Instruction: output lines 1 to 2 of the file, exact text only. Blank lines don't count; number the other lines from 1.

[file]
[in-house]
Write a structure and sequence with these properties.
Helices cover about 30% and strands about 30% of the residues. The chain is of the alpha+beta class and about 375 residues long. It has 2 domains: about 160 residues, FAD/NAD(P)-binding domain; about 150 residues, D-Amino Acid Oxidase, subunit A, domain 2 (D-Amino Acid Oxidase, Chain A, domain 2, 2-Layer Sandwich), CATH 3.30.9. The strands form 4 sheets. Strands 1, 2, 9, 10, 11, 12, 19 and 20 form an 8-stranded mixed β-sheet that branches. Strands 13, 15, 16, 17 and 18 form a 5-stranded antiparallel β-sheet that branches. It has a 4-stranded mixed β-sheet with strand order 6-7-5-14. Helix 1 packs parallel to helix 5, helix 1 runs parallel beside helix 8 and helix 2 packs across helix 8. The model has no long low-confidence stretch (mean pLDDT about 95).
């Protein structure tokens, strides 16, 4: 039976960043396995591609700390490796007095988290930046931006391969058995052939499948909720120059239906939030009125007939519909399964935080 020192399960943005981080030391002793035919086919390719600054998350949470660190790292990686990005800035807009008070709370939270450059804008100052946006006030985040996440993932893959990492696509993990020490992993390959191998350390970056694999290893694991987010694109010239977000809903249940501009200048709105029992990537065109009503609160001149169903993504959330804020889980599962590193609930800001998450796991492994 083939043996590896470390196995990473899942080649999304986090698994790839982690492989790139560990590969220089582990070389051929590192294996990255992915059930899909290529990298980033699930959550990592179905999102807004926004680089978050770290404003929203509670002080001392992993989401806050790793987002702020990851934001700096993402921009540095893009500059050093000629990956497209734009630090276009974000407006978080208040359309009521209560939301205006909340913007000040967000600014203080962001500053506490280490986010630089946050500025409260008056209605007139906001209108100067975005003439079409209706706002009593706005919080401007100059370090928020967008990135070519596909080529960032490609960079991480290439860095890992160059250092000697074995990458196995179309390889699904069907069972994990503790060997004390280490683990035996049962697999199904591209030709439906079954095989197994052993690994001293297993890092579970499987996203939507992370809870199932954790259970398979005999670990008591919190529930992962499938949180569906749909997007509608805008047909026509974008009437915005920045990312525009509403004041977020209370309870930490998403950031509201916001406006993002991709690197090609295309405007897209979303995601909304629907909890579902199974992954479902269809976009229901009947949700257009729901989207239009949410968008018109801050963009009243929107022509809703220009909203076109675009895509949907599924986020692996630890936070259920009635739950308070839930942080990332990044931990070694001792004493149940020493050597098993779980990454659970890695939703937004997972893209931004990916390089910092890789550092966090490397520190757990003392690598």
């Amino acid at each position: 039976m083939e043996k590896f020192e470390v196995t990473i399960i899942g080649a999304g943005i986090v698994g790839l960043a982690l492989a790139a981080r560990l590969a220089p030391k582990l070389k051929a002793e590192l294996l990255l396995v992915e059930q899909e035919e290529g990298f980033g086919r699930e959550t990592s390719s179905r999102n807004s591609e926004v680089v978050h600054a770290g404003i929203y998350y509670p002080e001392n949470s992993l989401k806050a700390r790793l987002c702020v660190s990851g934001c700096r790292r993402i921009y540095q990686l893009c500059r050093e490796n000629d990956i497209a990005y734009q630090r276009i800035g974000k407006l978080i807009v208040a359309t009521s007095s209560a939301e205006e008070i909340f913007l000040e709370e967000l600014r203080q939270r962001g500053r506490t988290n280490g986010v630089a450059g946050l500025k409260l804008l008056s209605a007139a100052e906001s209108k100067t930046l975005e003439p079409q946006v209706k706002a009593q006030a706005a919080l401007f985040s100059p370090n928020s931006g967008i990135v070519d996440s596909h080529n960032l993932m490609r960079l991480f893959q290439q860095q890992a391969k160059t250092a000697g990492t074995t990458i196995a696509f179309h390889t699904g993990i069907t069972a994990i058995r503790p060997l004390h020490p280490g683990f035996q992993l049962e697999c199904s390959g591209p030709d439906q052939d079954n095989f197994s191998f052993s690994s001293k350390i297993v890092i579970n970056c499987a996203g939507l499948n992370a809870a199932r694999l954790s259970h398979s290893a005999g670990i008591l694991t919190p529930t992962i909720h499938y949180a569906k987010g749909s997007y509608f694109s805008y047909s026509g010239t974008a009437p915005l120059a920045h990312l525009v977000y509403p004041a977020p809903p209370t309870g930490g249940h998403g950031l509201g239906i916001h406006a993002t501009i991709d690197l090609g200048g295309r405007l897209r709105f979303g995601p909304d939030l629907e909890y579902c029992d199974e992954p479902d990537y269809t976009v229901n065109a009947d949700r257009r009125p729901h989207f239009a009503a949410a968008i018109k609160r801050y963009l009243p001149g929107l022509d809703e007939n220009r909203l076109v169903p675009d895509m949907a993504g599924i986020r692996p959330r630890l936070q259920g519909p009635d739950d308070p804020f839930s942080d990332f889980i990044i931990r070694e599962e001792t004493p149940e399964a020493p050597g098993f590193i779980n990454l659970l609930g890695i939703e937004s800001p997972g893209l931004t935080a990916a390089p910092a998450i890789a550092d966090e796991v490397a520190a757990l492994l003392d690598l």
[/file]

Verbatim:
[in-house]
Write a structure and sequence with these properties.